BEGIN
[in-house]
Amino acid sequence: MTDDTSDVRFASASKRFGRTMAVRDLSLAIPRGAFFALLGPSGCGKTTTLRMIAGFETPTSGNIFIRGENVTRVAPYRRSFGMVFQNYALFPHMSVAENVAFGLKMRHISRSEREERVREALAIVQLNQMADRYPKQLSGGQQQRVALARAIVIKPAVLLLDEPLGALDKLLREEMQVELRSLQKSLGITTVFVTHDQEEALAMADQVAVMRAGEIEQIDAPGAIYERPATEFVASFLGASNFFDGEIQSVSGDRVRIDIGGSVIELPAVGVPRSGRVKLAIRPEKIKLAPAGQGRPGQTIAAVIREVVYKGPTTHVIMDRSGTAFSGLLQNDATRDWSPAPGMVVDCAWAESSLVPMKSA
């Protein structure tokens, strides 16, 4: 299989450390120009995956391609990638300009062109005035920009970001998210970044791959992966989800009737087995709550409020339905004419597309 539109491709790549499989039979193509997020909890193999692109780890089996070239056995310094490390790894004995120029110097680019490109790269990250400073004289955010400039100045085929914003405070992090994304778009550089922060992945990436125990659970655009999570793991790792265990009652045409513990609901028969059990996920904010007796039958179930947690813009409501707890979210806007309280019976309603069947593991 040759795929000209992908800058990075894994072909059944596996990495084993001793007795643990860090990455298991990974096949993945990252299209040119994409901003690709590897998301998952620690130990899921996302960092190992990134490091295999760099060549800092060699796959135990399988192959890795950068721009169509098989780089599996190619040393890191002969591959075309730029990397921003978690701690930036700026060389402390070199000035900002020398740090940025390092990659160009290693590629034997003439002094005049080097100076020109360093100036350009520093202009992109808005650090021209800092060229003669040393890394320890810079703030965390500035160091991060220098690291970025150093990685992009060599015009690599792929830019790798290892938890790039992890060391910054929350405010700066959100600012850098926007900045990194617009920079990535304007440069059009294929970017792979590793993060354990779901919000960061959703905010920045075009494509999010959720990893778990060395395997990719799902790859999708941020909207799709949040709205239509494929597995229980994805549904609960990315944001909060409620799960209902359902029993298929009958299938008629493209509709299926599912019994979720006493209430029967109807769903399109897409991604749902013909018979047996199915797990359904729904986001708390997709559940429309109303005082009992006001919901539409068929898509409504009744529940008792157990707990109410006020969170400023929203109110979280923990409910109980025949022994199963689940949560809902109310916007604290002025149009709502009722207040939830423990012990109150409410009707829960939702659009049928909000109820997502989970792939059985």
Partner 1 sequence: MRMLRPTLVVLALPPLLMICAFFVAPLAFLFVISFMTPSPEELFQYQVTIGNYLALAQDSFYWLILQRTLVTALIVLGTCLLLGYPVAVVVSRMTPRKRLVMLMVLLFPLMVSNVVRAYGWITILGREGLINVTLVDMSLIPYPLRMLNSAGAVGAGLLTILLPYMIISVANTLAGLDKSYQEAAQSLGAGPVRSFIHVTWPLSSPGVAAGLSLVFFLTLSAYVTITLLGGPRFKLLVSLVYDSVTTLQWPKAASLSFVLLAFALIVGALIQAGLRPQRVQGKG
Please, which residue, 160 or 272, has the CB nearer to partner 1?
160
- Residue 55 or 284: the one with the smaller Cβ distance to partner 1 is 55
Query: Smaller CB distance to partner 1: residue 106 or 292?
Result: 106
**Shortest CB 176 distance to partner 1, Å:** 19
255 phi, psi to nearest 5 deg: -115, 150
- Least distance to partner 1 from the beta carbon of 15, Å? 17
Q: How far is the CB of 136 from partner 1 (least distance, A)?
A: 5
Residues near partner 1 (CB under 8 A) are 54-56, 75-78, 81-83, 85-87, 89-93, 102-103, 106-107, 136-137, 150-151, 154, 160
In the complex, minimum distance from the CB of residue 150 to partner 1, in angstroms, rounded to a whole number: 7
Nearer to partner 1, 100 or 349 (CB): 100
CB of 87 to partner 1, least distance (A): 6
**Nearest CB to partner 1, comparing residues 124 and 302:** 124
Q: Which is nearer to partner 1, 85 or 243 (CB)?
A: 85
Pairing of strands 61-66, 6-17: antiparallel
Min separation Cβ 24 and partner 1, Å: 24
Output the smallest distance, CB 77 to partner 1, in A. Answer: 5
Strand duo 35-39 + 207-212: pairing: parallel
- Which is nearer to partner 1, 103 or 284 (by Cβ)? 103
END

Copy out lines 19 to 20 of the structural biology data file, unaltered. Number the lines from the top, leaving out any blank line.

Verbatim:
**Nearest CB to partner 1, comparing residues 124 and 302:** 124
Q: Which is nearer to partner 1, 85 or 243 (CB)?